By Jerry Briggs
More than a few explanations come to mind when you talk about the rise of the UTSA Roadrunners into contention for the Conference USA West division title.
First, you think about an opportunistic defense that has forced four turnovers in each of the last two games.
You also need to consider a fast-improving rushing attack that is averaging 237.6 yards during a four-wins in five-game streak.
Finally, players say you need to discuss the overall impact of first-year coach Frank Wilson.
“We’d follow coach Wilson to the edge of a cliff,” safety Nate Gaines said.
More than anything, the determined efforts of the coaches and players are viewed as most responsible for the Roadrunners reaching the point that they can become bowl eligible and tie for first place in the C-USA West with a victory at Louisiana Tech on Saturday.
At the same time, UTSA players would also concede that a little luck has helped them along the way, and some of it has been absolutely heartbreaking.
Last weekend, during UTSA’s stunning 45-25 victory at Middle Tennessee State, Blue Raiders sophomore quarterback sensation Brent Stockstill was slammed to the turf on a second-quarter sack.
He was smacked on a clean hit by hard-charging UTSA defensive tackle Baylen Baker and fell awkwardly on his right shoulder.
Stockstill stayed in the game for a few more plays, completing a 10-yard pass and then throwing incomplete on fourth down.
But that was it for the one of the nation’s highest rated quarterbacks, headed to the sidelines with a broken collarbone, his team down 14-7. He was done for the day.
In response, UTSA drove the length of the field on the next drive, with another key play looming.
On second down from the Middle Tennessee 10, UTSA junior quarterback Dalton Sturm dashed to his left, sped around the corner and picked up steam.
In stepped Middle Tennessee safety Alex Dale, who took the brunt of violent collision at the 2. One snap later, Jarveon Williams scored on a short run for a 21-7 lead.
Miraculously, both Sturm and Dale would stay in the game. On the UTSA sidelines, teammates cheered Sturm, the Roadrunners’ offensive catalyst.
“Man, I think Dalton is one of a kind,” safety Michael Egwuagu said. “That’s my guy. He is hard-nosed.”
Gaines also said Sturm’s play was a momentum push for a UTSA team on its way to a victory that would keep its postseason hopes alive.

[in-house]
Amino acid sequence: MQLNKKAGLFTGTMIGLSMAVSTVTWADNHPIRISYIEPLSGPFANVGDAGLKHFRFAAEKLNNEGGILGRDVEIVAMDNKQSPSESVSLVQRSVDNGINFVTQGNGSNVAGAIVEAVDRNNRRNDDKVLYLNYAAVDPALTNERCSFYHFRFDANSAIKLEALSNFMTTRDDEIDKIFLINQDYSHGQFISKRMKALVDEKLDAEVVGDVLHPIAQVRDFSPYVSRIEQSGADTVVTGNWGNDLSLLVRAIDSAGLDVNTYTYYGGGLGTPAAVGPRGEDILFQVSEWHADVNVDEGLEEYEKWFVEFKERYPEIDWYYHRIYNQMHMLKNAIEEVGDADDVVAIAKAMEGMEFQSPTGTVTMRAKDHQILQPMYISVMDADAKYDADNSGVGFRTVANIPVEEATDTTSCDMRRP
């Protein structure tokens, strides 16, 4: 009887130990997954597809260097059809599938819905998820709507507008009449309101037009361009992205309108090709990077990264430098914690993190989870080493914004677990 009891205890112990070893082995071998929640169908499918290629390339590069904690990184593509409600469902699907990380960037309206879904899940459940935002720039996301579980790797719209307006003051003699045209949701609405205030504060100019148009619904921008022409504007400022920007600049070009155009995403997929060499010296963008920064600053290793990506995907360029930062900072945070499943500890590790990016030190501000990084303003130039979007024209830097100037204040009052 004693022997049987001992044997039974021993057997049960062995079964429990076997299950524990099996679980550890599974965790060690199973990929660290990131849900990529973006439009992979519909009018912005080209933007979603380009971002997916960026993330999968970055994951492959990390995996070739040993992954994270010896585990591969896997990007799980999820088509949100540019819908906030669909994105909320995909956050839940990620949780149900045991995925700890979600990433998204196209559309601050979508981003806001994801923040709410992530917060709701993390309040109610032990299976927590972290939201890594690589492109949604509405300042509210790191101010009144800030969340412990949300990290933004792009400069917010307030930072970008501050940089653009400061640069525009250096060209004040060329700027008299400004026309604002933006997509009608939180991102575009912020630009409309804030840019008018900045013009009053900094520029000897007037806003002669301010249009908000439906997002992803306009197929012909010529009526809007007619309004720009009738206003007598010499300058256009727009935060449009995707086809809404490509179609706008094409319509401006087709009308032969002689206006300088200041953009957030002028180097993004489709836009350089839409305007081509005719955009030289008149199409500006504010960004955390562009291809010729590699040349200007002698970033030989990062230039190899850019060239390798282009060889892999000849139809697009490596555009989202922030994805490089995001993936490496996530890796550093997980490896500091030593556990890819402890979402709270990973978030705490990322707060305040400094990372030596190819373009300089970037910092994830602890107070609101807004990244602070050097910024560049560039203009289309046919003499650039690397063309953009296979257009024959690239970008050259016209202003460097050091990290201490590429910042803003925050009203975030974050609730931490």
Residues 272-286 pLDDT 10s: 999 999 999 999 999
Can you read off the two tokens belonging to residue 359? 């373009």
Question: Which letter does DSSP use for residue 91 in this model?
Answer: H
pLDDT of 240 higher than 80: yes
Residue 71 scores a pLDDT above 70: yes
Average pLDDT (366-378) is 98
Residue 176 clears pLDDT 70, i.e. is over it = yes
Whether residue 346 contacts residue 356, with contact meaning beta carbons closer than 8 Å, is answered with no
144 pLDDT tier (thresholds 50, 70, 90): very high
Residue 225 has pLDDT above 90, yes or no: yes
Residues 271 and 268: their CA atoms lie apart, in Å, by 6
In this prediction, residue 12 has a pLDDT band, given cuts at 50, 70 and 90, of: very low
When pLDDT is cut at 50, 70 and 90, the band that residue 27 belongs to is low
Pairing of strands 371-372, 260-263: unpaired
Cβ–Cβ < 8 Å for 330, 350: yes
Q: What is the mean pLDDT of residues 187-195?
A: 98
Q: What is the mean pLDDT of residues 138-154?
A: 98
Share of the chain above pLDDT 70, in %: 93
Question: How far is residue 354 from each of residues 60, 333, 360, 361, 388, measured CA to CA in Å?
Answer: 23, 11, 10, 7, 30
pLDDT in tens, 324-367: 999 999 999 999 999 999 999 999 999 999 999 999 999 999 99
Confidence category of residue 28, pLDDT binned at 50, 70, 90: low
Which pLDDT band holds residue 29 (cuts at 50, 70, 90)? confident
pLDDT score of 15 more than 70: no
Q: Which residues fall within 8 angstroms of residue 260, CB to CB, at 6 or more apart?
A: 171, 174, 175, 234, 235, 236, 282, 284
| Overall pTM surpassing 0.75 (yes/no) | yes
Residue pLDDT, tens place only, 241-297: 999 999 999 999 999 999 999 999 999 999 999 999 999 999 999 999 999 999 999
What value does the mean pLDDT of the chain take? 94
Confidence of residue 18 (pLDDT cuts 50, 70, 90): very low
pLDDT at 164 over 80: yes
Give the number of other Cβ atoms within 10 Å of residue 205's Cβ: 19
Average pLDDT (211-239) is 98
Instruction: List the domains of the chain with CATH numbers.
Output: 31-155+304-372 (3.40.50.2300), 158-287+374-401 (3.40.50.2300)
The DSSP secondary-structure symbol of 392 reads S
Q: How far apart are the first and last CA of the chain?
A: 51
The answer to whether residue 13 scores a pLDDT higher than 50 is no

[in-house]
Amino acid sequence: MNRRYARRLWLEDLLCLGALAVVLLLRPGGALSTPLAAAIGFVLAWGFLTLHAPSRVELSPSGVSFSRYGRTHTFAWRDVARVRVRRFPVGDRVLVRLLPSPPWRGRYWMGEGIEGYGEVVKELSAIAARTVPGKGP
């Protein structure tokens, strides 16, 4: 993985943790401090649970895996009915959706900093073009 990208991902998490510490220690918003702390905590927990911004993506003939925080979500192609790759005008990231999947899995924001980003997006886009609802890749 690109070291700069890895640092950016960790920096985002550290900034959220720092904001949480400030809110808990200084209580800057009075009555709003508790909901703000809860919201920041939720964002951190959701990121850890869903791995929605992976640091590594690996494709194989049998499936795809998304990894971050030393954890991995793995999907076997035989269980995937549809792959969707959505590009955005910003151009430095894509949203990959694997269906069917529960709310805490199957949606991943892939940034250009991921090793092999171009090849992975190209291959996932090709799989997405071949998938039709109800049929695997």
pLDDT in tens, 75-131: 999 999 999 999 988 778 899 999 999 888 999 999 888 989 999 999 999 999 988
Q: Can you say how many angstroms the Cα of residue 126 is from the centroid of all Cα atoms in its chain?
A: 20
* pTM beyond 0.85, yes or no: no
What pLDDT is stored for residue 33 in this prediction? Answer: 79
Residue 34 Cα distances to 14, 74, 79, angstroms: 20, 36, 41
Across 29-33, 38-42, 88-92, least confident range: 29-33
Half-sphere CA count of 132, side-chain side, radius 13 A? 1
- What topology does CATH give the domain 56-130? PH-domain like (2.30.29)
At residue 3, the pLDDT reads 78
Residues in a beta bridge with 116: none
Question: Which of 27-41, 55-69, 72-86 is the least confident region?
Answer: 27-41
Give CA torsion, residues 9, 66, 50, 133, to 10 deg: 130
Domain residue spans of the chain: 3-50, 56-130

But considering everything, Gaines said that UTSA was also fortunate. What if Sturm went down after the collision and didn’t get up? What if Stockstill hadn’t been so seriously hurt and was able to continue? What then?
“Any time your starting quarterback goes down, it just changes the whole dynamic of the offense, even the team,” Gaines said.
In each of the past two seasons, UTSA has lost quarterbacks to injuries.
Three of them -- Tucker Carter, Blake Bogenschutz and Austin Robinson – went down in 2014 to derail a year in which UTSA had fielded 37 seniors.
Last season, Bogenschutz was hurt at UTEP in Game 5. Because of the injury and other problems with the team that snowballed, it was Larry Coker’s last year as coach.
Coker’s exit was complex. But in a lot of ways, UTSA’s 7-17 record over the past two years was directly related to quarterbacks that couldn’t stay healthy.
Bogenschutz, who suffered from concussion-like symptoms in the wake of the hit at UTEP, is no longer playing football.
All of it makes you wonder about last week and how a season has been affected.
Namely, is UTSA (5-4, 4-2) really a solid contender in the West? Is Louisiana Tech (7-3, 5-1) too tough to handle?
Will Middle Tennessee (6-3, 3-2) be the same in the East without Stockstill, who is lost for the season?
“You know, it’s crazy seeing that happen to another team,” Gaines said. “I hope (Stockstill) makes a full recovery.”
Gaines is one UTSA’s most cerebral players. He is one who will look at an issue from all angles before he makes an assessment.
Yes, UTSA is fortunate in a way for getting out of Tennessee with the major impact players healthy enough to go this week against the powerful Bulldogs.
But Gaines also said you have to give the Roadrunners credit for making their own luck.
“It seems that when these coaches came in, it was like, (good) fortune just came to this program,” Gaines said. “I think it was more (about) them embedding it in our heads, that we will be successful. A lot of guys are on board with that.”